A further object of the invention is to provide a putter alignment device in accordance with the preceding objects in which the bracket includes a slot-like structure receiving the reflective mirror and a cam structure securing the mirror in position and providing angular adjustment of the mirror to compensate for different loft angles on commercially available putter heads.

Yet another object of the invention is to provide a putter alignment device which offers optimum accuracy of visual alignment by means of full rearward placement of the mirror relative to the putter head face.

Another significant object of the invention is to provide an attachment to a golf putter to enable a golfer to improve his putting skills which is relatively inexpensive to manufacture, easy to accurately assemble and effective for improving putting skills.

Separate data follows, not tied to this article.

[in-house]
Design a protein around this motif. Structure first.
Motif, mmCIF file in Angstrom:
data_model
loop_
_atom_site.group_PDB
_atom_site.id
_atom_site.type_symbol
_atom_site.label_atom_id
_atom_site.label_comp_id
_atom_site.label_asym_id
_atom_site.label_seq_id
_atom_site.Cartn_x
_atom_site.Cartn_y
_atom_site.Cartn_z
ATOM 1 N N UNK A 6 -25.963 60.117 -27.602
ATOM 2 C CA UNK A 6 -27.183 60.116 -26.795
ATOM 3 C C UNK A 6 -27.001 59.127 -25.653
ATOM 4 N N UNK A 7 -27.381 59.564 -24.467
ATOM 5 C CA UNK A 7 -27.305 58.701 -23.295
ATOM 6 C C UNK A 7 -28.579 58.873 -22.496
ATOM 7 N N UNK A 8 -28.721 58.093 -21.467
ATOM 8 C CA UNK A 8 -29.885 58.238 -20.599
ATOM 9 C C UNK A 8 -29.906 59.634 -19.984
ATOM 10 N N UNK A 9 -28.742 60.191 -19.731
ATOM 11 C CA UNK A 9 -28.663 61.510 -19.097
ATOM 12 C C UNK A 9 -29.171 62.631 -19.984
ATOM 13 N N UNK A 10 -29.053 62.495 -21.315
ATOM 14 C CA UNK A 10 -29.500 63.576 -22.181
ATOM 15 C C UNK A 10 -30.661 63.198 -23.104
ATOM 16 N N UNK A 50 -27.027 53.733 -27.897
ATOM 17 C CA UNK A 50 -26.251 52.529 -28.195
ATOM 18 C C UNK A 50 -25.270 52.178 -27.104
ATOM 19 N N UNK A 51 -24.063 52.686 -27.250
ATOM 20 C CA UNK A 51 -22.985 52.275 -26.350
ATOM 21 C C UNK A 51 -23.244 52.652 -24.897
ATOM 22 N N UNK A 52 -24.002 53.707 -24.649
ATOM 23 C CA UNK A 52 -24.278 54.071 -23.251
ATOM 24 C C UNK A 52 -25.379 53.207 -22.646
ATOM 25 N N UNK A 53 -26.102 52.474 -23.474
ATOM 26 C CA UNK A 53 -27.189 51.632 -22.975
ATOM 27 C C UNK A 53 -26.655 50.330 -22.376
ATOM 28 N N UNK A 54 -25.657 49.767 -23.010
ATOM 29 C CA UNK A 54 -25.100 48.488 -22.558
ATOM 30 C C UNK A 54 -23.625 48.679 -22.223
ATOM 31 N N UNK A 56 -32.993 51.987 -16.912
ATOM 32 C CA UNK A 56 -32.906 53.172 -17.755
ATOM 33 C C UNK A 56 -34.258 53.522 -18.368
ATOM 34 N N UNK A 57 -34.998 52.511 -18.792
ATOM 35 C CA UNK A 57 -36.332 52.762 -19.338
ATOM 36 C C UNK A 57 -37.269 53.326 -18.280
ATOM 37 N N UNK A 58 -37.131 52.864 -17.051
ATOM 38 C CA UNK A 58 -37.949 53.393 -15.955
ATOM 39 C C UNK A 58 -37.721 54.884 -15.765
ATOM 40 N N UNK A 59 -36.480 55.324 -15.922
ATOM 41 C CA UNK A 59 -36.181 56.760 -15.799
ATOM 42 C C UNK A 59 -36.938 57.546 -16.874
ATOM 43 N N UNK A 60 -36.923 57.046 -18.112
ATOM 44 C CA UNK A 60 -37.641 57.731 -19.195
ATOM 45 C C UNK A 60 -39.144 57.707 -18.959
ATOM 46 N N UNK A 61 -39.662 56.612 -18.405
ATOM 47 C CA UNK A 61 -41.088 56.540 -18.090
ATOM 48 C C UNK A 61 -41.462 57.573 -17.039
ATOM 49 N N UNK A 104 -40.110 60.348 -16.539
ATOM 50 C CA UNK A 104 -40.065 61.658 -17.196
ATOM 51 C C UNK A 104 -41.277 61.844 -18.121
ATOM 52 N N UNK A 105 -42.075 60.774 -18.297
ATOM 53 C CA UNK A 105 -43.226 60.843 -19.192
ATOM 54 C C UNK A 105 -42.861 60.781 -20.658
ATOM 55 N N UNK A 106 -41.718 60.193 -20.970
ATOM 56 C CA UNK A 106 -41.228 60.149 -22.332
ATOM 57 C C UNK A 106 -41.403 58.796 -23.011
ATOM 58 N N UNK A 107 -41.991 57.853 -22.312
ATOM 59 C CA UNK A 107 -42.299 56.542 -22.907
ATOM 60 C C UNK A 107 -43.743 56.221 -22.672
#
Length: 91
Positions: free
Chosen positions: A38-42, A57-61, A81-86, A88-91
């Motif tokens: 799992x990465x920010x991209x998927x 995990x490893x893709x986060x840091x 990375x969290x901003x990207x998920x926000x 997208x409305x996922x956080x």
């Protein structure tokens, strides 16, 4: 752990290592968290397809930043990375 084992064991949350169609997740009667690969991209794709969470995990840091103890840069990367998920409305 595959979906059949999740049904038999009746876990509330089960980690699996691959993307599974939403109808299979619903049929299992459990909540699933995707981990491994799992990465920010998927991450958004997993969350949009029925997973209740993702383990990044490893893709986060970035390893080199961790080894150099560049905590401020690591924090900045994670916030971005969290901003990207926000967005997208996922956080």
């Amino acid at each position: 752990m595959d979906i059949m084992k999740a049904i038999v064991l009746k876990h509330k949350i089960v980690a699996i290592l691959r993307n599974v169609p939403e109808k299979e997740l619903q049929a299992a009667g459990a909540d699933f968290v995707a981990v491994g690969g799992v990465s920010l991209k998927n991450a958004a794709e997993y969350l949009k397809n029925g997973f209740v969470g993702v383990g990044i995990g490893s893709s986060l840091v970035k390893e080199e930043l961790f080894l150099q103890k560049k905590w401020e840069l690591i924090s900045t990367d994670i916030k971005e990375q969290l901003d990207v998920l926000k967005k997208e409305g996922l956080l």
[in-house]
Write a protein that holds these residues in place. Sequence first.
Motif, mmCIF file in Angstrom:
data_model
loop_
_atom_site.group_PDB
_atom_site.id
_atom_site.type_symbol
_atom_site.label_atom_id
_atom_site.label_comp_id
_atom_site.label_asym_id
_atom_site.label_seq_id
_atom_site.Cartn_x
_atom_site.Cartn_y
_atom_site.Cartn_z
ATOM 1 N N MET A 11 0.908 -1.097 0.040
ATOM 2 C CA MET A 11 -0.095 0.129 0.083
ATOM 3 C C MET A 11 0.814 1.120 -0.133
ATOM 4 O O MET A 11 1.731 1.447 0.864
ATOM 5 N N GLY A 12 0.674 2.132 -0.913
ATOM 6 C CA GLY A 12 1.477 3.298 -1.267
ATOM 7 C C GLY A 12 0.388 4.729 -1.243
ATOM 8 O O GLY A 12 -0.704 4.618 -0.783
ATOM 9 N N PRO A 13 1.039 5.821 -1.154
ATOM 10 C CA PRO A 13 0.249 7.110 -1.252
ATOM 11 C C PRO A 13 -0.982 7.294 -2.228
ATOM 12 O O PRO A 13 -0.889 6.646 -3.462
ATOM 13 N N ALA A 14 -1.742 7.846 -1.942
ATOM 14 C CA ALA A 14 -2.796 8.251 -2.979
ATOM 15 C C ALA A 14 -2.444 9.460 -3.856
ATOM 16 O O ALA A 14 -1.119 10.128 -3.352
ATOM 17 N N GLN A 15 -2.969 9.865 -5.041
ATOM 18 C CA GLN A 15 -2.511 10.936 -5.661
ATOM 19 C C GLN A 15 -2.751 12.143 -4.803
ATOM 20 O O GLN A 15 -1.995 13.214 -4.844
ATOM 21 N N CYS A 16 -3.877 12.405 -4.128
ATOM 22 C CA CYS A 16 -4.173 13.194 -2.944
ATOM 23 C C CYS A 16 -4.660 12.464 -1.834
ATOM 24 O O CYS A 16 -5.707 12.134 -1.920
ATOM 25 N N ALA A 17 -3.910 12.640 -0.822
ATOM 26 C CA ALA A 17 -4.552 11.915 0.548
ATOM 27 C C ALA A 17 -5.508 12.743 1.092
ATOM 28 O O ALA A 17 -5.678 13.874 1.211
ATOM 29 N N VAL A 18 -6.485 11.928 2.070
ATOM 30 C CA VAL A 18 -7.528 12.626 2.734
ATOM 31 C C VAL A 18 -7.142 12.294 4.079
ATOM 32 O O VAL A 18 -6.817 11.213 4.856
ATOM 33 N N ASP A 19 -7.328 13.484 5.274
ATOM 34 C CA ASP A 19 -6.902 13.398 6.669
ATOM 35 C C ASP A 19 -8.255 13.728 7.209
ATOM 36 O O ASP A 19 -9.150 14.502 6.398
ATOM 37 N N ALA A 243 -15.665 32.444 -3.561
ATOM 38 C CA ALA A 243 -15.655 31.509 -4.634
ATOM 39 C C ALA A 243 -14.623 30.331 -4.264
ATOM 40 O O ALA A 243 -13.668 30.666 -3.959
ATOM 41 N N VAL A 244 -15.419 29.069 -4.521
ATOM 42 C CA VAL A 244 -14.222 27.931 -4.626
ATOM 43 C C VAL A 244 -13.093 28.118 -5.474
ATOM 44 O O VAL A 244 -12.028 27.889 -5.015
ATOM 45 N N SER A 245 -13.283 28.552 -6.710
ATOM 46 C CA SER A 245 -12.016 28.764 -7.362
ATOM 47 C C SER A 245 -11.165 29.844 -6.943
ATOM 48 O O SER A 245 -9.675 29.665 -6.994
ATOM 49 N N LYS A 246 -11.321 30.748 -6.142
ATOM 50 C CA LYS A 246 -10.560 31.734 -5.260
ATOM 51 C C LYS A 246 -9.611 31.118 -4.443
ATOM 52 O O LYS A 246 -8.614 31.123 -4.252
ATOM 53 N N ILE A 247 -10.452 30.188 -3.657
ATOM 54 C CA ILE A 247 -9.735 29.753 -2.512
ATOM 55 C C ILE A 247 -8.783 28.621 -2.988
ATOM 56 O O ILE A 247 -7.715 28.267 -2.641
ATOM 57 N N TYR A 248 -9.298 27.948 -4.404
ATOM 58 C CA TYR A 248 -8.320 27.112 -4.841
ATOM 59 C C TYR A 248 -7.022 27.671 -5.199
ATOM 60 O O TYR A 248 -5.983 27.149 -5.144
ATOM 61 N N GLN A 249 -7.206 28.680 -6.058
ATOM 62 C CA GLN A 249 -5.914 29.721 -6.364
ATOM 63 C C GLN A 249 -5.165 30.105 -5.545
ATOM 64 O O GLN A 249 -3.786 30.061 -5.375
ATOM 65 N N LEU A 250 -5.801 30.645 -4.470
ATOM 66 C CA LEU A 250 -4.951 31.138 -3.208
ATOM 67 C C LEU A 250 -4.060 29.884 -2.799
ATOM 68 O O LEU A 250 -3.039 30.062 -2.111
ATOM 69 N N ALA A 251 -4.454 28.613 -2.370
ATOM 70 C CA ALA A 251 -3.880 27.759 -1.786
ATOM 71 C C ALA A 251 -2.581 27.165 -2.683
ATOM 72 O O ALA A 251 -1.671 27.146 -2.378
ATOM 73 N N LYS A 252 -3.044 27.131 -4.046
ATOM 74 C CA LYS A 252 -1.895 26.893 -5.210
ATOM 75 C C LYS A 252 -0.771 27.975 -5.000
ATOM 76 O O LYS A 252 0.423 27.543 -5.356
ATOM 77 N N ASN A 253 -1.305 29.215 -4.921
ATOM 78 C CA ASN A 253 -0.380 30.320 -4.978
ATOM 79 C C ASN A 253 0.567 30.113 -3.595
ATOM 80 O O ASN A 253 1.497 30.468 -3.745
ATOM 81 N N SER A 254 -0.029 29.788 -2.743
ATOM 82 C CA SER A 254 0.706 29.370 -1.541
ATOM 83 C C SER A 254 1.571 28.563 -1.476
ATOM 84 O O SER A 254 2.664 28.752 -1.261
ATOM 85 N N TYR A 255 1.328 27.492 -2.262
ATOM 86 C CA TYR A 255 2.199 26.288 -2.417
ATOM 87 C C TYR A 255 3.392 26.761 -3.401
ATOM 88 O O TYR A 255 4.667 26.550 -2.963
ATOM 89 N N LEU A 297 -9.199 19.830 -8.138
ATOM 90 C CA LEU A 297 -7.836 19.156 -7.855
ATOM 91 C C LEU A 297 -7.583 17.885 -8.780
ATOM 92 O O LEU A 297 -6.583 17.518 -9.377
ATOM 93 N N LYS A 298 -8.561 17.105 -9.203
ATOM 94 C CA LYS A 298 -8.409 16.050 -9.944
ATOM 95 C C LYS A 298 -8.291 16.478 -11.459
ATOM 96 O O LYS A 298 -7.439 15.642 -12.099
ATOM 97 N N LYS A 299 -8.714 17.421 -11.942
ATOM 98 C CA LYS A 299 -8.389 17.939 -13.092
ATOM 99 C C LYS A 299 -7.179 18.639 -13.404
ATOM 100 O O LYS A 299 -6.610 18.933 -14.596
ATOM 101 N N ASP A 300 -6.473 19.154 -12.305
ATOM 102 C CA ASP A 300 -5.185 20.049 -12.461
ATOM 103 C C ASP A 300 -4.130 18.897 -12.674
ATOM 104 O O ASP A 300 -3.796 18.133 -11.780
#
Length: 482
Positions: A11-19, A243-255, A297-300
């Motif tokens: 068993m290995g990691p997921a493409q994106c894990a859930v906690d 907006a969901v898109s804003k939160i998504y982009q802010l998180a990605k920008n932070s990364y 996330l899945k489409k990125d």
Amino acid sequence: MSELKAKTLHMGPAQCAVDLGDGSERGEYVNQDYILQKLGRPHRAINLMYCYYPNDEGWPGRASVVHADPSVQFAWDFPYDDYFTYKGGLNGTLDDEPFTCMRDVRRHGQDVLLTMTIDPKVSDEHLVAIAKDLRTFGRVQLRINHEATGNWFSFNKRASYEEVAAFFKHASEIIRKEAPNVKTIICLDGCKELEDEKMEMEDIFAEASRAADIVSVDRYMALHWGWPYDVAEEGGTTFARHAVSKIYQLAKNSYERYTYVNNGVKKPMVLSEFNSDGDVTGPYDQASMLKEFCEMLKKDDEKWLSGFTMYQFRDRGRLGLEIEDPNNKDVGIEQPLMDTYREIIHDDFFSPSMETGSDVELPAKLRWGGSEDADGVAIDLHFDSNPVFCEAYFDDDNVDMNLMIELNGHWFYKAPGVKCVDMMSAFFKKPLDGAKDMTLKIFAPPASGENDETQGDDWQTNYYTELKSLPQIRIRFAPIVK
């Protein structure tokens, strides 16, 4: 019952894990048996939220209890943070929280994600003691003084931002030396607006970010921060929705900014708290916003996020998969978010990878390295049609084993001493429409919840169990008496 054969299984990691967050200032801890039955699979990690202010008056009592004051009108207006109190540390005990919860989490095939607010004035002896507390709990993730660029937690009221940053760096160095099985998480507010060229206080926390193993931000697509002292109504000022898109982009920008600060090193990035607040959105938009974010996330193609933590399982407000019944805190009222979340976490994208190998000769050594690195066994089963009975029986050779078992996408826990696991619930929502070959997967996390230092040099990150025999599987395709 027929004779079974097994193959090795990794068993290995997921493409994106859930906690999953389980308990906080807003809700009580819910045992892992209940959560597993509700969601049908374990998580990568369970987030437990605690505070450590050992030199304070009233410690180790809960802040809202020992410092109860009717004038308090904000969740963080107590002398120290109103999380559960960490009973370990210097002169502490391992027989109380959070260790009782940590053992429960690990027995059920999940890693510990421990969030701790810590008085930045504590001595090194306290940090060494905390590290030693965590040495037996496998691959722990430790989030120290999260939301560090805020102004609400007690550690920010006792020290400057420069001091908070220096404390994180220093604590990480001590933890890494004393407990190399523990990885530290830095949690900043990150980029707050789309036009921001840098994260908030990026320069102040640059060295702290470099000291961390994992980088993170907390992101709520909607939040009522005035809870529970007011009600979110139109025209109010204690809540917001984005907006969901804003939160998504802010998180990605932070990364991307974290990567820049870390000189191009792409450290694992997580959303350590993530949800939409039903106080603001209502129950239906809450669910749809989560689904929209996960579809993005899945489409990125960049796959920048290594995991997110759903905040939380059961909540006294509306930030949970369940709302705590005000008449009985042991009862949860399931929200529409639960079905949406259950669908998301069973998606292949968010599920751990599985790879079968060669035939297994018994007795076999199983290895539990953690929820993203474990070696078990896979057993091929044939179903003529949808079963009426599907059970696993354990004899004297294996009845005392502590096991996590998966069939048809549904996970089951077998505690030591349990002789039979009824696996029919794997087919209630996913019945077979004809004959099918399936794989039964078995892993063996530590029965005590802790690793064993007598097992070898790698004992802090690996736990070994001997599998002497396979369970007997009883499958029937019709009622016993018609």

These together with other objects and advantages which will become subsequently apparent reside in the details of construction and operation as more fully hereinafter described and claimed, reference being had to the accompanying drawings forming a part hereof, wherein like numerals refer to like parts throughout.

BRIEF DESCRIPTION OF THE DRAWINGS

FIG. 1 is a front elevational view of a golf putter head, a golf ball and the putter alignment device mounted on the putter head.

FIG. 2 is a vertical sectional view, on an enlarged scale, taken substantially along a plane passing along section line 2--2 of FIG. 1, illustrating the structural details of the putter alignment device and its association with the putter head.

FIG. 3 is an exploded group perspective view of the four components of the putter alignment device.

DESCRIPTION OF THE PREFERRED EMBODIMENT